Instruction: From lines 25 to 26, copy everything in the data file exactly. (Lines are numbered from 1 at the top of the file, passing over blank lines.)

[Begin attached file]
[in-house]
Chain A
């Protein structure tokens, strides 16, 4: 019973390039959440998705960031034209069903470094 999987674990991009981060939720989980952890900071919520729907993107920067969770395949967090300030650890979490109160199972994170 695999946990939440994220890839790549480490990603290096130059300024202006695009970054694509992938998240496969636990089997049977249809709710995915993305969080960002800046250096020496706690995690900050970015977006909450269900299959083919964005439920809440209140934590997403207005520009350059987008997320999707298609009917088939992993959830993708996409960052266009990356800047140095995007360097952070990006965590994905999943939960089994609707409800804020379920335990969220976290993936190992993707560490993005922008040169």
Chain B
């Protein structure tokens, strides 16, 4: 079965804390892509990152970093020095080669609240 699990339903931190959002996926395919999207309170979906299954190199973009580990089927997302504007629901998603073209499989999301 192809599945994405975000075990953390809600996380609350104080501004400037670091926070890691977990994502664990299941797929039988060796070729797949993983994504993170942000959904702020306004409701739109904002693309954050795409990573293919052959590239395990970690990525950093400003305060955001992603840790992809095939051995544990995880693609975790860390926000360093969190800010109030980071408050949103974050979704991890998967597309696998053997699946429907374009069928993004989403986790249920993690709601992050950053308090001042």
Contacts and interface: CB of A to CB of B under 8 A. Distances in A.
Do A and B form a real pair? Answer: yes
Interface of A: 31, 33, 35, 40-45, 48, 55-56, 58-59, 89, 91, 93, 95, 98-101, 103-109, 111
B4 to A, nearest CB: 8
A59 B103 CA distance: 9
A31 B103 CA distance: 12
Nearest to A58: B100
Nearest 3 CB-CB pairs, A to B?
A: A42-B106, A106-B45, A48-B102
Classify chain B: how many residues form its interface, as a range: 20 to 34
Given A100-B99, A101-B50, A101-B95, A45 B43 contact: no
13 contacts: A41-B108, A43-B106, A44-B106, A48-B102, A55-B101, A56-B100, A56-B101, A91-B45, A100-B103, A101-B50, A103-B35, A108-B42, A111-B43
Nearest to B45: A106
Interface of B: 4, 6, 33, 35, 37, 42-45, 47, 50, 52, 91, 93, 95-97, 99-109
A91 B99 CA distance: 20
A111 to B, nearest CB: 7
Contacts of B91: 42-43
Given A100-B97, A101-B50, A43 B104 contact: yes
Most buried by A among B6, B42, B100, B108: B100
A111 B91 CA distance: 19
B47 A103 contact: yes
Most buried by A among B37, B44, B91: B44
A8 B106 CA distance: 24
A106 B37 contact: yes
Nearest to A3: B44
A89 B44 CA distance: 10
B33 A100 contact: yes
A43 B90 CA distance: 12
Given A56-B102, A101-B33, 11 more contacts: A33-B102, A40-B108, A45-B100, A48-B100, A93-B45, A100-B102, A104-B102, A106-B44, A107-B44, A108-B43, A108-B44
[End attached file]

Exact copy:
A111 B91 CA distance: 19
B47 A103 contact: yes